Thursday, August 7, 2008

Sally Kern needs professional help, not public office

Sally Kern's been at it again. The Oklahoma state representative (if you can call her that) has been spouting off about her twisted idea of morals again, claiming that she's a "culture warrior of Judeo-Christian values."

First, she claims that " the biggest threat our nation has, even more so than terrorism or Islam." Which is pretty interesting, especially since I don't remember the last time someone flew planes into populated buildings in the name of homo sex, nor is Islam itself, y'know, an actual threat.

Those comments were delivered to what she thought was a closed-door meeting of like-minded reactionaries, but they were then taped and posted to Youtube. Unlike most bigots who get caught with their prejudices waving in the wind, however, Kern chose to own up to her words. And she's still going.

Her newest pearls of wisdom:
I am not saying everyone has to be Christian; this is not a homogeneous nation...What you have to be is someone who believes in a Judeo-Christian ethic, in other words, in knowing there's a right and wrong...Not all lifestyles are equal; not all religions are equal. Was I saying all people are not equal? Heavens no; we were all created equal.”
I like how she claims that not everyone needs to be Christian, but that everyone should believe in a "Judeo-Christian ethic" - failing to catch the conflict therein. If she'd suggested that a basic belief in right and wrong was most important, I could certainly get behind that. The problem here is that she clearly believes that the only tradition with a true sense of morality is the Judeo-Christian one (though I suspect Kern may lean more heavily on the latter than the former), and her particular interpretation thereof. It's double speak, and not particularly clever double speak at that.

Now, why would I focus so much on this one random Oklahoman politician when there are clearly so many other, more national and more influential politicians who espouse rhetoric that's just as hateful? Well, for one, it's because I hold a special place in my bleeding liberal heart for the state of Oklahoma. I want better representation for my friends and family who live there, and I know that they do, too. Secondly, it's because I believe Sally Kern and her views are a good, public example of the kind of prejudice and ignorance that those of us fighting for true equality and understanding are up against on a larger scale. A case study, if you will.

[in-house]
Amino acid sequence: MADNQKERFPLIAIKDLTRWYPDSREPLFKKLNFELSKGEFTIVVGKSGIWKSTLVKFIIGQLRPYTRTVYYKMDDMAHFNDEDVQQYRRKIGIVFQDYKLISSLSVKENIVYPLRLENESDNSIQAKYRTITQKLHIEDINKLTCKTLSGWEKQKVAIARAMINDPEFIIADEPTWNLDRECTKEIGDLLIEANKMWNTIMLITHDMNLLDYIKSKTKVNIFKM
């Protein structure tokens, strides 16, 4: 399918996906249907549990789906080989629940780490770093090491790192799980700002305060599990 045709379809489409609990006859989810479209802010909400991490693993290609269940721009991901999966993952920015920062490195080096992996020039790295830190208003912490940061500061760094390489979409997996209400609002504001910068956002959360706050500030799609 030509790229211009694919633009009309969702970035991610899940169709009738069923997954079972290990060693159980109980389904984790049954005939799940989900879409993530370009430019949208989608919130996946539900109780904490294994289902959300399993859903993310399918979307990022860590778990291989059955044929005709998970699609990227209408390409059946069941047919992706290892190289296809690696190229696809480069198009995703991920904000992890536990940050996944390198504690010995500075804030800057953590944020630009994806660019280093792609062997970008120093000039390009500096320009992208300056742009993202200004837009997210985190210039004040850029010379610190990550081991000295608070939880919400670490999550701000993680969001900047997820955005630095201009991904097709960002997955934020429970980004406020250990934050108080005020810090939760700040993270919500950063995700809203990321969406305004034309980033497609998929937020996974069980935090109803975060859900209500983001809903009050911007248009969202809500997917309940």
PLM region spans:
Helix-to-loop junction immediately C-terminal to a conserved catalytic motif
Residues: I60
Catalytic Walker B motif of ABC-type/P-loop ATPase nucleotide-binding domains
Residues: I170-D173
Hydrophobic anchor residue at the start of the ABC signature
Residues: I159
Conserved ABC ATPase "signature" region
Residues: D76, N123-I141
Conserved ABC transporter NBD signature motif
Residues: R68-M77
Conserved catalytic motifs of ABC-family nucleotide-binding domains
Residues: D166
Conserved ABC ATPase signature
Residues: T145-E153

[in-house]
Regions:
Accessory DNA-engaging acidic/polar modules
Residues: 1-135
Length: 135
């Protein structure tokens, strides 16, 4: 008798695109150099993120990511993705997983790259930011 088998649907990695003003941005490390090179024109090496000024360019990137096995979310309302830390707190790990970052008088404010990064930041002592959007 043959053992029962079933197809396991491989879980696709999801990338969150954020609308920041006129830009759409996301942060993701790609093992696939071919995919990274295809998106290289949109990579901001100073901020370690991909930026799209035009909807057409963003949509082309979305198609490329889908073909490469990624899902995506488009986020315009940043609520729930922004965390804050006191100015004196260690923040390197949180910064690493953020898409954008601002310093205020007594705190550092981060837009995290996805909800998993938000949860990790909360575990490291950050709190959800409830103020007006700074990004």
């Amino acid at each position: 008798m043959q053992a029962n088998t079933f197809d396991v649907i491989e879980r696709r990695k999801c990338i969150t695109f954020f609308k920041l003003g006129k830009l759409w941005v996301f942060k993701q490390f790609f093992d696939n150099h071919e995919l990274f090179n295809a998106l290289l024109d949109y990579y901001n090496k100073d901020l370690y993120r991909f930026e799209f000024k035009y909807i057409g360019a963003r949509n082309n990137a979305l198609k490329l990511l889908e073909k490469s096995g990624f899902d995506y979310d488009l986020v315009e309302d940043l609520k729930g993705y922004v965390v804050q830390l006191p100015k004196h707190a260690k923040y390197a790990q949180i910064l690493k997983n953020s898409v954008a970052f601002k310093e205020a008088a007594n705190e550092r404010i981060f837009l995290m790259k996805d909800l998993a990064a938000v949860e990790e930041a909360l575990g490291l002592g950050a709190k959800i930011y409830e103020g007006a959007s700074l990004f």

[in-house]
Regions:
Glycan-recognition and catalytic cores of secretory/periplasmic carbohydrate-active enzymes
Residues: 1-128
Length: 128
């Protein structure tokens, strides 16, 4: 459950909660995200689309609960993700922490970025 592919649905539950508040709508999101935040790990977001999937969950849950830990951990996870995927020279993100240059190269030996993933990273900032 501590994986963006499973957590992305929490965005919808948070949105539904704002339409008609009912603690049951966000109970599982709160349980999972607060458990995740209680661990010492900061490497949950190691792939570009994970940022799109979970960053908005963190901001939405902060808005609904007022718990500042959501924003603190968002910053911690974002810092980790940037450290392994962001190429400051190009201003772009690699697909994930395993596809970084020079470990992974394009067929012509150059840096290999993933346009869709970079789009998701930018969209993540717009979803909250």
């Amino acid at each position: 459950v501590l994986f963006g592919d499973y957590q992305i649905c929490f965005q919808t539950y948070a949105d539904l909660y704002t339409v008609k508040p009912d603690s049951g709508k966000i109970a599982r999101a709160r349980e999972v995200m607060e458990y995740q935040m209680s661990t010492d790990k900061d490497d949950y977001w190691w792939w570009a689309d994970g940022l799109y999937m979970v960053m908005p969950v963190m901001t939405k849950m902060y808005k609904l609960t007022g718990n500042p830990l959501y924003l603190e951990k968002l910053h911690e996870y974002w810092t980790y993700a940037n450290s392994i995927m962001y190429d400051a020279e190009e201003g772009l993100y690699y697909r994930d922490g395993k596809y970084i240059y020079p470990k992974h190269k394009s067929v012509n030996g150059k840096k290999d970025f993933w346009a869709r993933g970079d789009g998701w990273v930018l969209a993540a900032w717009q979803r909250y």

To the first point, there is an alternate choice for state representative: Ron Marlett is running against Sally Kern for state house district 84 on a platform of "Freedom, Equality and Prosperity," and says the thing that finally tipped him into running in the first place was Kern's outrageous comment. Marlett has a solid background in social work and seems like a moderate, solid guy with the right idea. You can donate to his campaign, and I especially urge anyone who lives in or has ties to the state to support him in any way you can.

To the second point, it should come as no surprise to anyone who's been paying attention to the most homophobic people in our midst that Sally Kern may also hold the Keyesian distinction of having a gay son (who she has treated rather poorly for it). It seems all-too-predictable that many of the most virulently anti-gay folks out there are either harboring deeply closeted feelings themselves, or directly related to a gay person. Regardless of whether or not this ends up being true, though, Kern clearly has some serious issues to work out. My hope is that she's voted into doing that privately, and not while holding public office where the harm she can do is greater in scope.

Homosexuality is not a threat to our nation or any individual. How it can seem so to anyone, more than the floundering economy or the war in Iraq or climate change or health care or poverty, is quite frankly beyond me.


capper said...

Kern, like the other prejudiced people, are afraid of things that they do not understand. The unknown scares them, but they are unable to acknowledge that fact, nor are they willing and/or able to acknowledge the fear.

So they take their ignorance, which is causing their fear adn discomfort, and turn into bling anger.

A lot of people can overcome this fear and realize that people that are different are not bad. Unfortunately, some people never reach that level of personal growth.

Emily said...

Bling anger's a new phenomenon to me, capper. Is that people with an irrational hatred toward anything gold or diamond encrusted? ;)

Marla said...

The local t-shirt company 30 Thousand Dollar Millionaire LLC was inspired to make a shirt for Sally Kern that I think you all will enjoy.
You can find it at

The Lost Albatross